In states known for having four distinct seasons, summertime often sees an increase in employee injuries and corresponding workers’ compensation claims. Five specific risks tend to rise during the hottest months of the year. These include the chance of dehydration, heat stroke, cancer development, traffic-related accidents, and slips and falls.
People who work outside during summer naturally need to consume appropriate amounts of water to remain sufficiently hydrated. The same is true for employees working in warehouses and manufacturing plants with inadequate or unpredictable levels of air conditioning. However, many workers either do not have access to an endless supply of fresh water, or they are not encouraged to take breaks and drink water throughout the day.
Employers have a responsibility to keep workers safe, which may include providing employees with access to water or electrolyte-infused drinks. Employees should also be able to take sufficient breaks to avoid experiencing dehydration symptoms such as exhaustion, memory problems, headaches, dizziness, and nausea.
The technical name for heat stroke is hyperthermia, and hyperthermia can be fatal. Sometimes, lack of hydration can lead to heat stroke, although even hydrated employees can experience heat stress injuries in extremely hot conditions.
For instance, workers who labor in the sun or in especially warm spaces without access to shade, water, or breaks, may begin to suffer from rapid heart rate, headaches, confusion, inability to sweat, chills, and fever. These warning signs must be taken seriously and require immediate emergency medical attention.
People who lather on sunscreen during their leisure activities may forget to use it when they are working outside on the job. Yet long-term exposure to the sun’s rays in any situation can lead to sunburns and the development of cancerous lesions.
The best way to prevent skin issues related to sunlight exposure is for workers to cover up and use sunscreen. Companies may want to change their protocols to include expectations about sunscreen and protective gear use to avoid exposing workers to an elevated risk for cancer.
Workers who either drive for a living or perform work on the roadways are at higher likelihood of being injured in a motor vehicle accident. This is especially true for construction workers who improve and repair highways because motorists may not follow speed reduction signs in work zones or give workers enough room.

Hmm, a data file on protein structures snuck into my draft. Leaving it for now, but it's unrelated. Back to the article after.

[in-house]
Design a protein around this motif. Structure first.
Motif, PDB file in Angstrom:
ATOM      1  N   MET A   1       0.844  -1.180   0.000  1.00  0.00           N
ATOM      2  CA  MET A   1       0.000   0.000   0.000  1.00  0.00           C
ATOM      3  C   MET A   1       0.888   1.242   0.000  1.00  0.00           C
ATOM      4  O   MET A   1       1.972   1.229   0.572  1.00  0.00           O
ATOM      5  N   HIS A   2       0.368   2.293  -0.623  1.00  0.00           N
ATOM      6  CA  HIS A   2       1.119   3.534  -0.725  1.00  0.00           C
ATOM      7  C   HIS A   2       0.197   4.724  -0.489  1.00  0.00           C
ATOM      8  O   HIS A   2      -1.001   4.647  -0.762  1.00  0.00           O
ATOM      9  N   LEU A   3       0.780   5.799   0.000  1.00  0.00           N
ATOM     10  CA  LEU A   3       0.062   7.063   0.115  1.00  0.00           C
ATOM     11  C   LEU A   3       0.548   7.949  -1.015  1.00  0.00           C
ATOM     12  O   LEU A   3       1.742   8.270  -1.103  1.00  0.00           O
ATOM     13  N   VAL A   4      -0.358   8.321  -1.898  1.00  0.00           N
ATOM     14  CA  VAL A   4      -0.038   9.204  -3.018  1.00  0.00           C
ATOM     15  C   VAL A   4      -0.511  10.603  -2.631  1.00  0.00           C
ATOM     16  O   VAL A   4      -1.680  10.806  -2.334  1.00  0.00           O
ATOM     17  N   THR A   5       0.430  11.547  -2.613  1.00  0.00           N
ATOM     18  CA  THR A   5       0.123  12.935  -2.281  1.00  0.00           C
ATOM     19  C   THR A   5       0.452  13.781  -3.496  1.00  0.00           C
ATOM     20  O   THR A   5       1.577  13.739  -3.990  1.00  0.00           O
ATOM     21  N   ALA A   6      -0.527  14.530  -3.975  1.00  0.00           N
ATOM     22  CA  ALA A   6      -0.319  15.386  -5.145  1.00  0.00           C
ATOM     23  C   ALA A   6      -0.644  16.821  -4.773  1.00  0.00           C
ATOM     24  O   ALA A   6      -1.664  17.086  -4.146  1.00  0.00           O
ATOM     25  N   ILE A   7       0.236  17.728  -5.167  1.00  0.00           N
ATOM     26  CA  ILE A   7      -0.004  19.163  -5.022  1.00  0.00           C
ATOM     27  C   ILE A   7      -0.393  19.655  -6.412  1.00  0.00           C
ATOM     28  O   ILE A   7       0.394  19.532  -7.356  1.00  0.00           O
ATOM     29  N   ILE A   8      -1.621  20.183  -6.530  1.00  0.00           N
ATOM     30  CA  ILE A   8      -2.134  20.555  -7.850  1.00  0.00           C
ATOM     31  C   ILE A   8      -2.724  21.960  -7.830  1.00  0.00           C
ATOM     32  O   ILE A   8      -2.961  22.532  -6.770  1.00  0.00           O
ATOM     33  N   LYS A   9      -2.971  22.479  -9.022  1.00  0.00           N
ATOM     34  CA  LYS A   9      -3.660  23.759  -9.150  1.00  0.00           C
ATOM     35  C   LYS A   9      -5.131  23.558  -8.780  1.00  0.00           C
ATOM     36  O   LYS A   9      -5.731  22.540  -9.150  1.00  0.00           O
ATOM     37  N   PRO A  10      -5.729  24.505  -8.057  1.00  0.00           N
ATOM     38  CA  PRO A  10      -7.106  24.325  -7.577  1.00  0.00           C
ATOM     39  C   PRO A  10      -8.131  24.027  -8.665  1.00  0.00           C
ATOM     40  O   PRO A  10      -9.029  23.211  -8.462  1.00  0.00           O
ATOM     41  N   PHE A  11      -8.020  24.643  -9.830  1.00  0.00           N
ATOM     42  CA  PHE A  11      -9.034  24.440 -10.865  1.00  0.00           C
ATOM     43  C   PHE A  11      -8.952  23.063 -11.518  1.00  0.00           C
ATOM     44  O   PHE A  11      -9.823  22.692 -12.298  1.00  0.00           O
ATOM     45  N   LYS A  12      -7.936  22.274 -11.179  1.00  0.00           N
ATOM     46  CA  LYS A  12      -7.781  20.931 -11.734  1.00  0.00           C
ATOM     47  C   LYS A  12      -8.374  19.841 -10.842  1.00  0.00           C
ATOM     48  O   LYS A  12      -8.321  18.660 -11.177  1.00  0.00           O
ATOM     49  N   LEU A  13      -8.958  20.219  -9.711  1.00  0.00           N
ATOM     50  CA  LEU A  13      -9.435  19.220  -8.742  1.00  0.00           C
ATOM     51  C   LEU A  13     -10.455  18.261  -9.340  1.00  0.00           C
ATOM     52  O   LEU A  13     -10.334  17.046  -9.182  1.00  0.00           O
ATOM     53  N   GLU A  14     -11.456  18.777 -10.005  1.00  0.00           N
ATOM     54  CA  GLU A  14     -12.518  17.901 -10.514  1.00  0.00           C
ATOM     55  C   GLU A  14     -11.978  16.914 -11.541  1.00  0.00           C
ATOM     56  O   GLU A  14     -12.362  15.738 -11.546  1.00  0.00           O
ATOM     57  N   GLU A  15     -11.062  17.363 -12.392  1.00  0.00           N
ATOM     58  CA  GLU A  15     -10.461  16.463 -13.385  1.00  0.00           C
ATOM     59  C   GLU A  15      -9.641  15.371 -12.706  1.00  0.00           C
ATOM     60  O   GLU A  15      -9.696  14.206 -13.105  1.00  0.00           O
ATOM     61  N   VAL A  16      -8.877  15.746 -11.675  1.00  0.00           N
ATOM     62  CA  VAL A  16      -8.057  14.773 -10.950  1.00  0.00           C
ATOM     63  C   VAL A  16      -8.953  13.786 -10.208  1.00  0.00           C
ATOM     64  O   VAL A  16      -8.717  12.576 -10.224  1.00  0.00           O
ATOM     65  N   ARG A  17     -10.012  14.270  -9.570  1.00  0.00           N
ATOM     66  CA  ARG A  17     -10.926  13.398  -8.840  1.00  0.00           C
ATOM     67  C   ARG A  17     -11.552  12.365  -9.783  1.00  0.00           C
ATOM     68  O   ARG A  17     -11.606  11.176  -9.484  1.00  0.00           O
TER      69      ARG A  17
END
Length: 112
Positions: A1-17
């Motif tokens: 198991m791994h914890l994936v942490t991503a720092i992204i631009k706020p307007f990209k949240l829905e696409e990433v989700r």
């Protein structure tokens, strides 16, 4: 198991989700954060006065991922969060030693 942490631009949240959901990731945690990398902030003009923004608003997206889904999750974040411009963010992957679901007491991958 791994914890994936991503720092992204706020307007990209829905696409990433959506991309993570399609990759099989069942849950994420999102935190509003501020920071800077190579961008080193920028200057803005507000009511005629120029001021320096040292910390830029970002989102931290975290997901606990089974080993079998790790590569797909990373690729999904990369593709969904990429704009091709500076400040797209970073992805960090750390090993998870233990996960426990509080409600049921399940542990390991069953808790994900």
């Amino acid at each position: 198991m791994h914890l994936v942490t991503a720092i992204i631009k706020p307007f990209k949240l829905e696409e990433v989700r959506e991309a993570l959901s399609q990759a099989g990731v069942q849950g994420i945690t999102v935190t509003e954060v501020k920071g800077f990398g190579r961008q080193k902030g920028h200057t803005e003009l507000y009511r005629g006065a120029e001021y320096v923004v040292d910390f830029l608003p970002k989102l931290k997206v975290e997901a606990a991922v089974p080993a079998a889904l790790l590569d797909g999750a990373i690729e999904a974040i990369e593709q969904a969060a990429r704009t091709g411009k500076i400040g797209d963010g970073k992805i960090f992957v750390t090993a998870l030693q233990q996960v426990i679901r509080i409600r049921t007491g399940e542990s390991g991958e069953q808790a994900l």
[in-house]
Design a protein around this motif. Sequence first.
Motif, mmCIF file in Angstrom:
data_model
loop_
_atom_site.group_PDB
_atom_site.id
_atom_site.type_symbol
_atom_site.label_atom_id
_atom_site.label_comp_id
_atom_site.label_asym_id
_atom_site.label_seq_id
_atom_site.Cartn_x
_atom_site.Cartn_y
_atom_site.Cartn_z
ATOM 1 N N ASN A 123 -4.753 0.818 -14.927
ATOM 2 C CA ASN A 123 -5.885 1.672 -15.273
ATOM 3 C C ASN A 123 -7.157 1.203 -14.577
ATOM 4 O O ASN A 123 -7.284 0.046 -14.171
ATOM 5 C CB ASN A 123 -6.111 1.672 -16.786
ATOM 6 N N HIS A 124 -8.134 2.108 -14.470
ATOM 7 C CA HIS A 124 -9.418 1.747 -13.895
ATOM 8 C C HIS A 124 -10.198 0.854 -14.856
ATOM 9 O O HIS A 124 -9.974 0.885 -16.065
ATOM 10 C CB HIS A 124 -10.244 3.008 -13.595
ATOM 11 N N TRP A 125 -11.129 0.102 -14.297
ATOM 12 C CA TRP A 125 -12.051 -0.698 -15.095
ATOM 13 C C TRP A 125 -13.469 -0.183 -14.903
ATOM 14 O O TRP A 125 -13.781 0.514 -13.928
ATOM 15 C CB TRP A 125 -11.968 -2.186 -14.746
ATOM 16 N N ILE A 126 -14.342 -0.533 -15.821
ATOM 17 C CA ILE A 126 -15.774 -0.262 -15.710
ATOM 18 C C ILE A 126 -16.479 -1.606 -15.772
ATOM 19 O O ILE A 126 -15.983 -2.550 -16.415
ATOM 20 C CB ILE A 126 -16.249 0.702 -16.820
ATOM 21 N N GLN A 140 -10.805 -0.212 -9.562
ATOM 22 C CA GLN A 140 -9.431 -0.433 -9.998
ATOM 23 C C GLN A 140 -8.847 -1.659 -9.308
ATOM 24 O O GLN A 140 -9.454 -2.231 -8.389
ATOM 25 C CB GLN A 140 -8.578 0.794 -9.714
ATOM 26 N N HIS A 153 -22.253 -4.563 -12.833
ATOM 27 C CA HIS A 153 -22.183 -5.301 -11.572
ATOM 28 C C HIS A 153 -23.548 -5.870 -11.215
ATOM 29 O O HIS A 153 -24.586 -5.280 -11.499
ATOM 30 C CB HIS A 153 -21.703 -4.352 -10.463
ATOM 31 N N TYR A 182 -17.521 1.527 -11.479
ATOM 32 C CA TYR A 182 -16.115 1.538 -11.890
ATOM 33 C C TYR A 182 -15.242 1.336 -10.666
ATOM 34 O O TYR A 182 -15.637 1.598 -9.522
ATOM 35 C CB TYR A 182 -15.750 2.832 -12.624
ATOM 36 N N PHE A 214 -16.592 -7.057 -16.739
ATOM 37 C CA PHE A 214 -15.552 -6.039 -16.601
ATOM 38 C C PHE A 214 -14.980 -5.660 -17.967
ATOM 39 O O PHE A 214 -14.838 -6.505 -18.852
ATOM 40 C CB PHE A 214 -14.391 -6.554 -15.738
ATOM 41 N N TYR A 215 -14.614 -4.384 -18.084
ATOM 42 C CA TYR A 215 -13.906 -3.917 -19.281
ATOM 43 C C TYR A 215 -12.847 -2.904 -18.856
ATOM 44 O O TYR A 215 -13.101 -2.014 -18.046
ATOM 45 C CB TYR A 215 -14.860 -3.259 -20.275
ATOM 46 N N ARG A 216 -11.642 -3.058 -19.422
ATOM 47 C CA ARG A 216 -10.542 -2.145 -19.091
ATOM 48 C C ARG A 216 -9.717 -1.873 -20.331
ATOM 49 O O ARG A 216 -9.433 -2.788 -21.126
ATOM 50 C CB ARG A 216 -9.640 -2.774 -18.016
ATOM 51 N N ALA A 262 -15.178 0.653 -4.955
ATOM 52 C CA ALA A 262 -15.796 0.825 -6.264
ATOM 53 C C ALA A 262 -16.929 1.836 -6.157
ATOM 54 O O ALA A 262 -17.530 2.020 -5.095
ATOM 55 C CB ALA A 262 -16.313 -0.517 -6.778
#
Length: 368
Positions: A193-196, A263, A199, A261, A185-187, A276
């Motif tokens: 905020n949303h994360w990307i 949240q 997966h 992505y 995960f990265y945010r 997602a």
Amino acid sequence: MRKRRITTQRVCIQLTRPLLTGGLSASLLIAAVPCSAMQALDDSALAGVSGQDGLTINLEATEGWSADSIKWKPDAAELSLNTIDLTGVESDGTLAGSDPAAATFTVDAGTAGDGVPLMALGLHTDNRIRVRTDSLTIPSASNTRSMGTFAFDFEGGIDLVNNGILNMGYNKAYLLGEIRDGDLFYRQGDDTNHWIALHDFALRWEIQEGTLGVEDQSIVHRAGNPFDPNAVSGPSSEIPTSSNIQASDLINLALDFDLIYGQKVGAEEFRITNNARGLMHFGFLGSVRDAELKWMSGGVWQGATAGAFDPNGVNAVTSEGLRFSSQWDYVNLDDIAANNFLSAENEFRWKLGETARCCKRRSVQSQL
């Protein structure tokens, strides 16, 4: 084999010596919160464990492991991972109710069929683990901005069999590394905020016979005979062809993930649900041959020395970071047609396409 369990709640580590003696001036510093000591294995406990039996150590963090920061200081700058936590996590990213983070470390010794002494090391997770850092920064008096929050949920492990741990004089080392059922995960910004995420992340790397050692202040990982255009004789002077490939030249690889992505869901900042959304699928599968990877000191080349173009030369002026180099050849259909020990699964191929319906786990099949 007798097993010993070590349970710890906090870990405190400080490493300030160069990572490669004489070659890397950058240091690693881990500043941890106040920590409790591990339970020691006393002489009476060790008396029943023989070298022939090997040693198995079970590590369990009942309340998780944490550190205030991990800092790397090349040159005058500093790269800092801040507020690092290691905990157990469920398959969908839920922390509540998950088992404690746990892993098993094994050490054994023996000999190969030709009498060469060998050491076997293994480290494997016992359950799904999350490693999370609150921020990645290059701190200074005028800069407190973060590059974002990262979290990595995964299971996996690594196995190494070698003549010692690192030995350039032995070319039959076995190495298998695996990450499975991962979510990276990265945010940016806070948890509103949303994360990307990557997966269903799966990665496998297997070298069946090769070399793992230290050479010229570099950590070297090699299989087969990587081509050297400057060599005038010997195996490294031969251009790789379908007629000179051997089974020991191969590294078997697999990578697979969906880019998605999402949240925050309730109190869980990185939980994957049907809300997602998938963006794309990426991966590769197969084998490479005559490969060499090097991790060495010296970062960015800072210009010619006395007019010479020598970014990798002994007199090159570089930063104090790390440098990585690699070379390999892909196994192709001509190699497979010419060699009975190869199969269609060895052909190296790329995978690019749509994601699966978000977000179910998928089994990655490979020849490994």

Slips and Falls
Although job-related slips and falls take place year-round, they do tend to increase during the summer months among people who work in conditions affected by weather. Sudden thunderstorms or downpours can cause slippery situations and uneven ground. Consequently, workers should be equipped with proper gear to avoid preventable broken bones, muscle strains, back problems, and concussions.
Reading Workers’ Compensation Lawyers at Larry Pitt & Associates, P.C. Pursue Maximum Benefits for Injured Workers
Workers who are injured on the job in the summer have the right to file for workers’ compensation through their employers’ insurance carrier. To arrange a free consultation with an experienced Reading workers’ compensation lawyer to discuss your claim, call Larry Pitt & Associates, P.C. at 888-PITT-LAW or complete an online contact form.
With offices conveniently located in Philadelphia, Bensalem, Lansdowne, and Reading, we represent injured workers in Berks County, Bucks County, Chester County, Delaware County, Montgomery County, Philadelphia County, and throughout Pennsylvania, including those in the communities of Abington, Ambler, Ardmore, Bala Cynwyd, Bensalem, Clifton Heights, Crum Lynne, Darby, Downingtown, Doylestown, Drexel Hill, Essington, Folcroft, Glenolden, Haverford, Havertown, Holmes, Kutztown, Lansdowne, Media, Merion Station, Morton, Narberth, Norristown, Norwood, Philadelphia, Prospect Park, Quakertown, Reading, Roxborough, Sharon Hill, Upper Darby, West Chester, and Wynnewood.